«India has slapped a nationwide ban on television ads for condoms during prime time hours, citing rules prohibiting “vulgar” content and concerns over children viewing salacious material»
«The information and broadcasting ministry ordered India’s estimated 900 television channels to restrict condom commercials to between 10 p.m. and 6 a.m.»
«All TV channels are hereby advised not to telecast the advertisements of condoms which are [a] for particular age group and could be indecent for viewing by children»
«It also cited broadcasting regulations prohibiting “indecent, vulgar, suggestive, repulsive or offensive themes.”»
* * * * * * *
Tutte le variazioni epocali si snodano secondo i loro tempi fisiologici.
L’Occidente ha perso lo scettro di prima economia mondiale e la sua influenza politica, culturale e militare diminuisce ogni giorno che passa, in ciò favorita dalle laceranti divisioni interne. Quasi non esiste più un paese occidentale coeso, ove la maggior parte del popolo si riconosca spontaneamente in una determinata Weltanschauung.
Nel converso, l’India sta sviluppando un sistema economico in pieno ed accentuato sviluppo, e si sente sempre più libera.
In questa materia, ha ristabilito riallineato gli indirizzi giuridici delle diverse corti di giustizia, ha ripristinato le leggi dell’istituto matrimoniale, ha bloccato per non dire eliminato la presenza delle ngo (ogn) sul suo territorio, ed oggi elimina dalle ore di punta televisive la pubblicità di prodotti inadatti al grande pubblico, specie poi a bambini.
Lentamente, etica e morale tornano a rioccupare i posti dai quali erano state scacciate.
India has slapped a nationwide ban on television ads for condoms during prime time hours, citing rules prohibiting “vulgar” content and concerns over children viewing salacious material.
The information and broadcasting ministry ordered India’s estimated 900 television channels to restrict condom commercials to between 10 p.m. and 6 a.m., threatening repercussions if the ads fall outside graveyard hours.
“All TV channels are hereby advised not to telecast the advertisements of condoms which are [a] for particular age group and could be indecent for viewing by children,” the order said Dec. 11.
It also cited broadcasting regulations prohibiting “indecent, vulgar, suggestive, repulsive or offensive themes.”
India’s public and private television channels beam into nearly 183 million households across the country, data from the Broadcast
Audience Research Council industry group shows.
Sex remains a taboo subject in India, a broadly conservative and traditional country, and condom ads have stirred up controversy in the past.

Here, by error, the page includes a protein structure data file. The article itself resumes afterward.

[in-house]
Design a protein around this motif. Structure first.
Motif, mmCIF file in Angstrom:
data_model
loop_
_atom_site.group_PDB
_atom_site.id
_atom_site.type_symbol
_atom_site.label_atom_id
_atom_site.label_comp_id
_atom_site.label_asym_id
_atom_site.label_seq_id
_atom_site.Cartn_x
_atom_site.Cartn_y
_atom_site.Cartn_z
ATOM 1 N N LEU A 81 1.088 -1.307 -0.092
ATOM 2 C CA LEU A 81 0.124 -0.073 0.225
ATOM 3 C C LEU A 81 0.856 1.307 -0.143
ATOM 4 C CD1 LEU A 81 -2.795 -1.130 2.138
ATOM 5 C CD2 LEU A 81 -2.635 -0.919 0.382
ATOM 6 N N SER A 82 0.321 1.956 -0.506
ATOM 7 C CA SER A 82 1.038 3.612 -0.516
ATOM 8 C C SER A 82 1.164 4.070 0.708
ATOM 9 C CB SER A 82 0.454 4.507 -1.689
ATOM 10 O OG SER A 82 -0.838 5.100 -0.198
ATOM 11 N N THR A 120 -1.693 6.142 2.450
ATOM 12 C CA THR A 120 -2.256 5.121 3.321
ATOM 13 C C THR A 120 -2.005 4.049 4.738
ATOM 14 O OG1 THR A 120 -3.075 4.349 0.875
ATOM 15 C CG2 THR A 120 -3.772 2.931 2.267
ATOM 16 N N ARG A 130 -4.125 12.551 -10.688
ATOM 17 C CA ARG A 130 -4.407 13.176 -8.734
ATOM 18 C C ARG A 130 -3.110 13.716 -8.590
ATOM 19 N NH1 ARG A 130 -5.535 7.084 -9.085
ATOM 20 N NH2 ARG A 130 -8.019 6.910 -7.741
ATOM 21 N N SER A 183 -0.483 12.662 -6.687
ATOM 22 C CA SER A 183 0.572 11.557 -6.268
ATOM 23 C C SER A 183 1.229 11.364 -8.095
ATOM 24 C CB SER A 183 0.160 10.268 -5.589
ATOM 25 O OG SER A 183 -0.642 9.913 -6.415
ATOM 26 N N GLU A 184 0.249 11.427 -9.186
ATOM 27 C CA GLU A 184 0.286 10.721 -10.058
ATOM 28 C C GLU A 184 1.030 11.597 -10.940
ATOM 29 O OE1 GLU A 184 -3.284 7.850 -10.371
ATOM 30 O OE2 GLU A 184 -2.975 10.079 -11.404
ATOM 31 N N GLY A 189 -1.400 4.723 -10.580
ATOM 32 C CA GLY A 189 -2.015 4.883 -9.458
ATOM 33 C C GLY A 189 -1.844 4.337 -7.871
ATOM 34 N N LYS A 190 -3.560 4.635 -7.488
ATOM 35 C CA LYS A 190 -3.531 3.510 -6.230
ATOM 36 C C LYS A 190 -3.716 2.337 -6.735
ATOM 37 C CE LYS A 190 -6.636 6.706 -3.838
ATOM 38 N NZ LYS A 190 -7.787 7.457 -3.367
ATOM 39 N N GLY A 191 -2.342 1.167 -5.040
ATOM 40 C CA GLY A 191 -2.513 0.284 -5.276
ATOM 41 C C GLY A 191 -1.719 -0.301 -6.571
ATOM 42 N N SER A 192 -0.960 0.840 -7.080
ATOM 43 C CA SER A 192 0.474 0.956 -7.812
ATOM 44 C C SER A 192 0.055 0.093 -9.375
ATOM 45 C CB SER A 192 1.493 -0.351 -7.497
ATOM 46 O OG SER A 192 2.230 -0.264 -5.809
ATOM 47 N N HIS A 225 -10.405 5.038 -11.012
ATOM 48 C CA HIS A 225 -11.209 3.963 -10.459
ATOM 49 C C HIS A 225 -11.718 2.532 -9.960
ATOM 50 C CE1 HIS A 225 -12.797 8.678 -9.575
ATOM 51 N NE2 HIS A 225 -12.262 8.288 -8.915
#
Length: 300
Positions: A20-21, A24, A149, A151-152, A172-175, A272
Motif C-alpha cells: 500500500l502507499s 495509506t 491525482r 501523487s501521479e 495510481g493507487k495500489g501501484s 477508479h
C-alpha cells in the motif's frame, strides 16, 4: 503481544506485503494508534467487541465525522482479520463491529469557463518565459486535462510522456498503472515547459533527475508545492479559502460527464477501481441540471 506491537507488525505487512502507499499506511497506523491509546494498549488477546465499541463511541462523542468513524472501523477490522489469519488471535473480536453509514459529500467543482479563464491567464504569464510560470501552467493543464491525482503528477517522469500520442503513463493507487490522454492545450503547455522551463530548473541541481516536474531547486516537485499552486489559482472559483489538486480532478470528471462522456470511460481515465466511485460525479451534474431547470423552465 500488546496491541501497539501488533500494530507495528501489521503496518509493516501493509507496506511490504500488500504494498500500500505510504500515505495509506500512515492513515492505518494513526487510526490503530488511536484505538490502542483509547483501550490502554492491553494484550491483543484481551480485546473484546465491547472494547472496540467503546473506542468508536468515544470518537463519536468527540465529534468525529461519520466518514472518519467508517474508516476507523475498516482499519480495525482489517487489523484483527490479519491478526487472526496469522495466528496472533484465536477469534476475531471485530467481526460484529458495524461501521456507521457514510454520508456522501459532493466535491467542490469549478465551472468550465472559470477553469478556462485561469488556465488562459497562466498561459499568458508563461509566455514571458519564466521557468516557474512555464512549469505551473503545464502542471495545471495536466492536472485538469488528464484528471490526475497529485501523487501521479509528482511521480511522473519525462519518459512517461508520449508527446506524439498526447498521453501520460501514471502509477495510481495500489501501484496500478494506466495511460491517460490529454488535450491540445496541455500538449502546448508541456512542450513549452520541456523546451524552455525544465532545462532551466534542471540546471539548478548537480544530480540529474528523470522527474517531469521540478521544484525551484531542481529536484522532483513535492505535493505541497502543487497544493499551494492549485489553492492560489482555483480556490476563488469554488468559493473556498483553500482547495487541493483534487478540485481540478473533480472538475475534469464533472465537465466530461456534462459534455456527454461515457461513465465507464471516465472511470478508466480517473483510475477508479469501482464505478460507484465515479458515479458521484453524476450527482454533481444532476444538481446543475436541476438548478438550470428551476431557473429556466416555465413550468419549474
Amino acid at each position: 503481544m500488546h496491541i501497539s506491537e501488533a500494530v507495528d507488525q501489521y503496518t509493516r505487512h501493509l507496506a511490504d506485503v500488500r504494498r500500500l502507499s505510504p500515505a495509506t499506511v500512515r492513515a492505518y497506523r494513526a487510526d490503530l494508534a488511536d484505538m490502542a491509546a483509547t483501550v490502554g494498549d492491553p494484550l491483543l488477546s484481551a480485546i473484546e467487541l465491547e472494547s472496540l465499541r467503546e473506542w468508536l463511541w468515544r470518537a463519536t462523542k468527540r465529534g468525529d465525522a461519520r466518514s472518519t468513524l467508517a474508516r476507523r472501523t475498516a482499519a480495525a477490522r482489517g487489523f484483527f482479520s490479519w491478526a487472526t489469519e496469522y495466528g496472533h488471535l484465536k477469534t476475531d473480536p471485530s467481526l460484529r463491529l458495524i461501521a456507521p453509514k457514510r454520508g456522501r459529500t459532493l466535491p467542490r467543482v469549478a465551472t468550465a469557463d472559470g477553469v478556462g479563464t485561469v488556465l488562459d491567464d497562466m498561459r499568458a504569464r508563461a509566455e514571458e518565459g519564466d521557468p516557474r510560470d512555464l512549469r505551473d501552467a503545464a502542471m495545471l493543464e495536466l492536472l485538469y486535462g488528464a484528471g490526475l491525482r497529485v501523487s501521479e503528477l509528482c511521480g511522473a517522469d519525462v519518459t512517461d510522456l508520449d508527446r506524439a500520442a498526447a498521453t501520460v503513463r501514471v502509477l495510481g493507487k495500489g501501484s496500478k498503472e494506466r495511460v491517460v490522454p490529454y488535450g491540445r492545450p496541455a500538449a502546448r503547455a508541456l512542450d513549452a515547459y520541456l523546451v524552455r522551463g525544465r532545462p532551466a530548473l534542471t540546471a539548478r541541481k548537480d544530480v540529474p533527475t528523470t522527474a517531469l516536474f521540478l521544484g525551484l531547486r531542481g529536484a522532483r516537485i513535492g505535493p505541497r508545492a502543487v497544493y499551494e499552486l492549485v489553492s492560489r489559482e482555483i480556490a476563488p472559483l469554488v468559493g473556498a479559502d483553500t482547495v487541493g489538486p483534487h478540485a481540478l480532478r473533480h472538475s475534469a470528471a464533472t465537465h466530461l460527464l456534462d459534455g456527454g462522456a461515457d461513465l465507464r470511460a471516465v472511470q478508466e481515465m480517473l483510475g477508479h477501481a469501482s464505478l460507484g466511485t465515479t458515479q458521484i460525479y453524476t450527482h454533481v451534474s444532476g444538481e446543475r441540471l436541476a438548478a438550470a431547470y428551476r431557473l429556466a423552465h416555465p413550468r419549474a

In September, India’s largest trading body successfully lobbied for condom billboards featuring a former porn star be pulled down in Gujarat state, citing religious sensitivities.
In lodging its protest, the trade body accused the condom manufacturer of putting “India’s cultural value at stake” by promoting contraceptives on the eve of a Hindu festival.
Dmitri Hvorostovsky – Elena Kuznetsova. Демон. Bol’šoj
Handelsblatt pone una serie di severi problemi, ciascuno dei quali meriterebbe una trattazione a parte.
Buona parte del mondo occidentale sembrerebbe vivere una lunga riga di illusioni, mondi fantastici ritenuti essere veri.
Ma la realtà, tutte le realtà, sono estremamente differenti. Per un qualche lasso di tempo possono essere ignorate, ma alla fine ci si sbatte contro.
«For a long time, automakers ignored the problem. All that mattered to them was the price and the quality of the materials»
«We are aware of the difficulties in the production of some raw materials»
«Environmental or social problems in raw materials production in a country far away can now make it into the newspapers here in a matter of hours»
«German companies share responsibility for this»
«South African workers are putting their own health at risk to keep Germans healthy»
«German chemicals group BASF is one of the most important importers and uses the platinum to coat catalytic converters, which are then installed into German cars»
«So you could say that South African workers are putting their own health at risk to keep Germans healthy and the air clean in German cities. Indirectly, you could even say that German automakers share some responsibility for the deaths and suffering of workers not just in Marikana, but in mines all over the world»